Turtles have many endearing attributes: They are quiet, cute and unassuming. You’d be hard-pressed to find a child -- or even an inner child -- who denies their appeal. But, while people might feel affection toward the slow-moving creatures when they timidly poke their heads out from their shells, turtles don’t share the same friendly feelings about humans.
Turtles Are Not Affectionate
It’s almost a shame that people, especially children, are drawn to turtles. The novelty of watching them can quickly become old hat. Turtles prefer to be alone, and they never welcome being picked up and handled. Because turtles aren’t affectionate, don’t like to be held, stroked or cuddled and don’t play with toys, many people lose interest and cease to take proper care of them. Even worse, some folks who tire of the constant maintenance with little return in the affection department turn the poor turtles loose outdoors to fend for themselves.
Never Turn a Turtle Loose
If owning a reptile didn’t turn out like you expected because your turtle ignores you, don't just turn him loose. He could die. He also might kill native turtles if he carries a disease, or change the area’s natural biodiversity, according to the Humane Society of the United States. Red-eared sliders, for instance, are considered invasive species because people release them in areas where they aren't native. You don’t have to keep your turtle for the rest of his -- or your -- life. Turtles can live a long time, often up to 25 years, 50 years or more. If you no longer want your turtle, try to find him another home by placing an advertisement or calling a local turtle rescue league.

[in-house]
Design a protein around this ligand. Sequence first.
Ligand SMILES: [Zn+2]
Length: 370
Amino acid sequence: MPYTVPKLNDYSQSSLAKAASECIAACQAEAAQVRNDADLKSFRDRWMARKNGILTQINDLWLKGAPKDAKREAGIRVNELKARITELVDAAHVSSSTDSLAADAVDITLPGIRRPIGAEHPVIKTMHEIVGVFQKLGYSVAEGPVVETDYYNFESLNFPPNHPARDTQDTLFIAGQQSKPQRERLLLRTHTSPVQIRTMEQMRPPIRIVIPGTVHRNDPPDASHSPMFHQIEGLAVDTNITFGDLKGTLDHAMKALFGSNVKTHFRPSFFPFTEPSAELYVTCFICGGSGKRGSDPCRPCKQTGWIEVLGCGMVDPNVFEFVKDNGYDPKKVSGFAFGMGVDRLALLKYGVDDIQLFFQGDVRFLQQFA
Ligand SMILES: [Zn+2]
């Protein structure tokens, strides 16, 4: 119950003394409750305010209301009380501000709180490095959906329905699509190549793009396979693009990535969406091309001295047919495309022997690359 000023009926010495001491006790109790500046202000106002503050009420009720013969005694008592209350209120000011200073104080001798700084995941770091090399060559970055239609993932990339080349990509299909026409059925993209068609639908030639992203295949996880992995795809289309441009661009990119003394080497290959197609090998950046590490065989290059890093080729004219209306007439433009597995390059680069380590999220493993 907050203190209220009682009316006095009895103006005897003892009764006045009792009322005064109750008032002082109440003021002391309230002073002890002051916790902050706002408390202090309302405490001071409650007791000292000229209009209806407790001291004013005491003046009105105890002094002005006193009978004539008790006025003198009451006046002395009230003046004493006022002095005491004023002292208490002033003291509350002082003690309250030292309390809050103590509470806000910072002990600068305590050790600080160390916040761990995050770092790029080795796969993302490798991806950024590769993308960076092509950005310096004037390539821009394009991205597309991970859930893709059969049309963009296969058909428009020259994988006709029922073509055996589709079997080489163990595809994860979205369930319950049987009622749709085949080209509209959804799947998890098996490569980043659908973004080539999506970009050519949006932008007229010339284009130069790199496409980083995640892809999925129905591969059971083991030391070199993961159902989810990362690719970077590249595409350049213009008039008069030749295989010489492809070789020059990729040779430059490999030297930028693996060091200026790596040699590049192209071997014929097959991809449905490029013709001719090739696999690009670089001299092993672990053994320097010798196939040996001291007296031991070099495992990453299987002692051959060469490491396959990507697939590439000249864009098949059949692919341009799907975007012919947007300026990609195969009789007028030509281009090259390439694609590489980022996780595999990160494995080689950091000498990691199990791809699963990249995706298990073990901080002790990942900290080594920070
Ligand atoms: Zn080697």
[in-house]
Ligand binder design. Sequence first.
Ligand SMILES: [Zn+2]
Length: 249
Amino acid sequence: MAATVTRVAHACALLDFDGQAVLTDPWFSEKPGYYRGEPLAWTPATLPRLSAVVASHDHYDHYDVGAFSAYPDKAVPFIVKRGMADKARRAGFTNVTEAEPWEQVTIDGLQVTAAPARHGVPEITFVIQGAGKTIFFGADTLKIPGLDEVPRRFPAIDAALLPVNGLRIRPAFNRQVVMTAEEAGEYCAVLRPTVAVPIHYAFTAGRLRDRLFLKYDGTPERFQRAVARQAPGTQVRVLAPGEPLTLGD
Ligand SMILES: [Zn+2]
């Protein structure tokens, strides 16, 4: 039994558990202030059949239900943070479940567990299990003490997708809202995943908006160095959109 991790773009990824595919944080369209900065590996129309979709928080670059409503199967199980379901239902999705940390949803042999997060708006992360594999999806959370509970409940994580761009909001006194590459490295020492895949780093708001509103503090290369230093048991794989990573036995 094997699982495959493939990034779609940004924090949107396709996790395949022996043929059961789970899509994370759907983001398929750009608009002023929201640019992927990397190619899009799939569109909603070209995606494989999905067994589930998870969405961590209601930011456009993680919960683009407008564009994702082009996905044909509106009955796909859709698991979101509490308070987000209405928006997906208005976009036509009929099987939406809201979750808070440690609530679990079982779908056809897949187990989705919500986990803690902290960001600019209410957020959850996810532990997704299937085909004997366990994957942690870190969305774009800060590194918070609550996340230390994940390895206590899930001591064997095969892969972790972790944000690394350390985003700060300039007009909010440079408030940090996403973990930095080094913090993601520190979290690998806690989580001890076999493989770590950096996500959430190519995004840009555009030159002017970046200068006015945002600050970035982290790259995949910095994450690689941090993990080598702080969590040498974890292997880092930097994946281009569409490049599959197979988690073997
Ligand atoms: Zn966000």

Understand Your Turtle's Needs
Understand that your pet turtle probably won't like you, isn't interested in you and will likely only come near you willingly at feeding time. If you still want one, you're on the road to being a responsible turtle owner. You can’t just keep a turtle in a box with a dish of water. Each species has specialized needs. All of them need heat because they're cold-blooded. They also need ultraviolet light. Some need a tank so they can swim. You need to find out what sort of diet your turtle needs. Some turtles are carnivores, and others are herbivores. If you don’t provide the right environment and food, your turtle is unlikely to survive.
Warning About Turtles
Turtles are notorious salmonella carriers. People have not been able to own turtles smaller than 4 inches since 1975 because of a ban instituted by the Food and Drug Administration -- not because smaller turtles are more likely to carry the disease, but because children are more likely to hold them, or even put them in their mouths. Salmonella causes diarrhea and abdominal pain and can be fatal for children under 5 years and people with weakened immune systems. The Centers for Disease Control and Prevention recommends that households with small children do not have turtles. If you get one anyway, always wash your hands after contact with the turtle, and scrub any surfaces the turtle has touched.
- The Humane Society of the United States: Thinking of Getting a Pet Turtle?
- Animal Planet: Turtles as Pets -- Important Issues
- IN.gov: Turtles as Pets
- Biology at Davidson: What You Can Do To Help Save Box Turtles
- NPR: Bill Seeks to Lift Ban on Baby Pet Turtles
- Centers for Disease Control and Prevention: Is a Turtle the Right Pet for Your Family?
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Laura Agadoni has been writing professionally since 1983. Her feature stories on area businesses, human interest and health and fitness appear in her local newspaper. She has also written and edited for a grassroots outreach effort and has been published in "Clean Eating" magazine and in "Dimensions" magazine, a CUNA Mutual publication. Agadoni has a Bachelor of Arts in communications from California State University-Fullerton.